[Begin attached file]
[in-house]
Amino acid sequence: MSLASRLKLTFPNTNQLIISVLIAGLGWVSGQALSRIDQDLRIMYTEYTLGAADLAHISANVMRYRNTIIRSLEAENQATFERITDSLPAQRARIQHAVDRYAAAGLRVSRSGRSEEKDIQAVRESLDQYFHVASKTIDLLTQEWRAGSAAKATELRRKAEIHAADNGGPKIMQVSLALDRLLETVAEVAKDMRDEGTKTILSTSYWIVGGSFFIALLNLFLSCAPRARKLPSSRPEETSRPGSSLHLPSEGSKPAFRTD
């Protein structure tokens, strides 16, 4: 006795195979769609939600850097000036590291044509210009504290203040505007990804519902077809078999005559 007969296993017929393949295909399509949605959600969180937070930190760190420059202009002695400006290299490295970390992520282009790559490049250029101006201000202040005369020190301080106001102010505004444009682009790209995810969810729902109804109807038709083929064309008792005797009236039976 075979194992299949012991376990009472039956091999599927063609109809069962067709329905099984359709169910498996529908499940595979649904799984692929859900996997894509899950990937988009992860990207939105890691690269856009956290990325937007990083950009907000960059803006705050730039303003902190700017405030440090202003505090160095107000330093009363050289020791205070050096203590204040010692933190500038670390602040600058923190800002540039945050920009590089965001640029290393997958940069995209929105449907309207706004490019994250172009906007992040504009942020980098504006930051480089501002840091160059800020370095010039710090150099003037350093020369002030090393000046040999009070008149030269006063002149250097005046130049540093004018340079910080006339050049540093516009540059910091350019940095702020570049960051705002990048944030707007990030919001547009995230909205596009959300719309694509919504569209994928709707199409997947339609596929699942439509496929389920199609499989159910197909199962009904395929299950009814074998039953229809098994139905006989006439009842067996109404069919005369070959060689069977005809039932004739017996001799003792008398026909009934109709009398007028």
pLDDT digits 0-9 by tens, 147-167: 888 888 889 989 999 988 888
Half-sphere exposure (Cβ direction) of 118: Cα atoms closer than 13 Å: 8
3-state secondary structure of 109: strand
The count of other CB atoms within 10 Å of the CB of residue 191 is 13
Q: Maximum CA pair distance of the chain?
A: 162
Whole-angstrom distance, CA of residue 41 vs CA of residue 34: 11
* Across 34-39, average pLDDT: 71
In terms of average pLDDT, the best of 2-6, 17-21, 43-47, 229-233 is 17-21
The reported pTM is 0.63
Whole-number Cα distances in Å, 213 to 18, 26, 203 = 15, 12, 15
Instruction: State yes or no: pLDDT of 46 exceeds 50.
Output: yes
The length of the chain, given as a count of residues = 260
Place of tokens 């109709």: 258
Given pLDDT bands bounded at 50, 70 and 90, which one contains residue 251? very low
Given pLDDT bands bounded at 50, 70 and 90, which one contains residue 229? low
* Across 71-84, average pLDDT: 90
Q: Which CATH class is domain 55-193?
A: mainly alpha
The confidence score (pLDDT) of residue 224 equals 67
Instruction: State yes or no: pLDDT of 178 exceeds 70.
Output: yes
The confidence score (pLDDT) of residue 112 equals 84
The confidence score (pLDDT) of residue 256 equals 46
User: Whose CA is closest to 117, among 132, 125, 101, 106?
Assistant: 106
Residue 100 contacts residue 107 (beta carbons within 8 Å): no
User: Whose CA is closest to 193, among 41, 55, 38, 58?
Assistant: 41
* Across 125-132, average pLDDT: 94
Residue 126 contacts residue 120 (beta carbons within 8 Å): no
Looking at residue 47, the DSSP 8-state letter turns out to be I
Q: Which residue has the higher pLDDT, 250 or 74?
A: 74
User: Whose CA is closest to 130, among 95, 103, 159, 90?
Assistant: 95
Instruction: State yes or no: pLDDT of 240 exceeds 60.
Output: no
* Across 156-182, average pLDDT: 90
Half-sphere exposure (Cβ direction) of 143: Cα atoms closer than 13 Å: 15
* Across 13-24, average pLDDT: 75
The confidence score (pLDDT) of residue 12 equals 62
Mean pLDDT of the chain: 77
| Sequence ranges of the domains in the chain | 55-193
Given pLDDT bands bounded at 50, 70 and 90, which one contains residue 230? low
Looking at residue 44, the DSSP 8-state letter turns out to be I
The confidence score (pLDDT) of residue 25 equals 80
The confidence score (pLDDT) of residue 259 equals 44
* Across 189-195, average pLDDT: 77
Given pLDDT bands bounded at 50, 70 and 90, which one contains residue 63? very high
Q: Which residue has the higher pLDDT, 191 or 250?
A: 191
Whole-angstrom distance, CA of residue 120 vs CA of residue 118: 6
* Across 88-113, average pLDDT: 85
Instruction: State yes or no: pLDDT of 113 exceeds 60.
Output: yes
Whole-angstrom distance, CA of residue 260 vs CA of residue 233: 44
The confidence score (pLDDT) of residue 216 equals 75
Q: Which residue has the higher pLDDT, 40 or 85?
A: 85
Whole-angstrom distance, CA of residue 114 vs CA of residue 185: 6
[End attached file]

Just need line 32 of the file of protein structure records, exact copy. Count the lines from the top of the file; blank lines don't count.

User: Whose CA is closest to 193, among 41, 55, 38, 58?